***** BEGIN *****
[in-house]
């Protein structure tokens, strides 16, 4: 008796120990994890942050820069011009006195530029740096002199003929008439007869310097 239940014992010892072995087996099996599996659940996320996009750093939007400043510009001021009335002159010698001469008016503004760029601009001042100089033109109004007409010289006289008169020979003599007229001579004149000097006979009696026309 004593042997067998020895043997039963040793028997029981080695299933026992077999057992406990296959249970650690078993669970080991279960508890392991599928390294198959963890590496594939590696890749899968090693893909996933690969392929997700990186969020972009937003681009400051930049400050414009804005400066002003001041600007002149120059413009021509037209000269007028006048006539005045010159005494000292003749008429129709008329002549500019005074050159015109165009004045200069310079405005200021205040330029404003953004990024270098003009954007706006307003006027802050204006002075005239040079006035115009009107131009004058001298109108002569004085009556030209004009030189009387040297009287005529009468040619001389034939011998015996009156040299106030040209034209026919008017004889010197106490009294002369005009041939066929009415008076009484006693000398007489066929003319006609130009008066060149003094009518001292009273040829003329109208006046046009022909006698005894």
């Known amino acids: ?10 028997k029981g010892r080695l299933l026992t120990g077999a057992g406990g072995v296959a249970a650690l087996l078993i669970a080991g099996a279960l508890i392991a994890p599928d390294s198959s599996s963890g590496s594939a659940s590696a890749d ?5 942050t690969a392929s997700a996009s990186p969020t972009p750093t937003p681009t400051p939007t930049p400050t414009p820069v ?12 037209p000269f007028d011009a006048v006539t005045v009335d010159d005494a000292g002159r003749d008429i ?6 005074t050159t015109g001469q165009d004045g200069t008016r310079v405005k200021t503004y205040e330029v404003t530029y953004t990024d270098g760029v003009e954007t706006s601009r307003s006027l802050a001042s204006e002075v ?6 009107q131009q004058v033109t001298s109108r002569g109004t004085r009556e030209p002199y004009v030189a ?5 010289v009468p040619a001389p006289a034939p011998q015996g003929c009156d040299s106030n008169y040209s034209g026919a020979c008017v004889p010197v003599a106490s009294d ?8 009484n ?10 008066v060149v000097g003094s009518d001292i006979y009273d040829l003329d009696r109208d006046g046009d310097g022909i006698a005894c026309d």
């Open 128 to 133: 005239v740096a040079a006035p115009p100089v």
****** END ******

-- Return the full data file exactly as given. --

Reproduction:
[in-house]
């Protein structure tokens, strides 16, 4: 008796120990994890942050820069011009006195530029740096002199003929008439007869310097 239940014992010892072995087996099996599996659940996320996009750093939007400043510009001021009335002159010698001469008016503004760029601009001042100089033109109004007409010289006289008169020979003599007229001579004149000097006979009696026309 004593042997067998020895043997039963040793028997029981080695299933026992077999057992406990296959249970650690078993669970080991279960508890392991599928390294198959963890590496594939590696890749899968090693893909996933690969392929997700990186969020972009937003681009400051930049400050414009804005400066002003001041600007002149120059413009021509037209000269007028006048006539005045010159005494000292003749008429129709008329002549500019005074050159015109165009004045200069310079405005200021205040330029404003953004990024270098003009954007706006307003006027802050204006002075005239040079006035115009009107131009004058001298109108002569004085009556030209004009030189009387040297009287005529009468040619001389034939011998015996009156040299106030040209034209026919008017004889010197106490009294002369005009041939066929009415008076009484006693000398007489066929003319006609130009008066060149003094009518001292009273040829003329109208006046046009022909006698005894």
């Known amino acids: ?10 028997k029981g010892r080695l299933l026992t120990g077999a057992g406990g072995v296959a249970a650690l087996l078993i669970a080991g099996a279960l508890i392991a994890p599928d390294s198959s599996s963890g590496s594939a659940s590696a890749d ?5 942050t690969a392929s997700a996009s990186p969020t972009p750093t937003p681009t400051p939007t930049p400050t414009p820069v ?12 037209p000269f007028d011009a006048v006539t005045v009335d010159d005494a000292g002159r003749d008429i ?6 005074t050159t015109g001469q165009d004045g200069t008016r310079v405005k200021t503004y205040e330029v404003t530029y953004t990024d270098g760029v003009e954007t706006s601009r307003s006027l802050a001042s204006e002075v ?6 009107q131009q004058v033109t001298s109108r002569g109004t004085r009556e030209p002199y004009v030189a ?5 010289v009468p040619a001389p006289a034939p011998q015996g003929c009156d040299s106030n008169y040209s034209g026919a020979c008017v004889p010197v003599a106490s009294d ?8 009484n ?10 008066v060149v000097g003094s009518d001292i006979y009273d040829l003329d009696r109208d006046g046009d310097g022909i006698a005894c026309d």
């Open 128 to 133: 005239v740096a040079a006035p115009p100089v």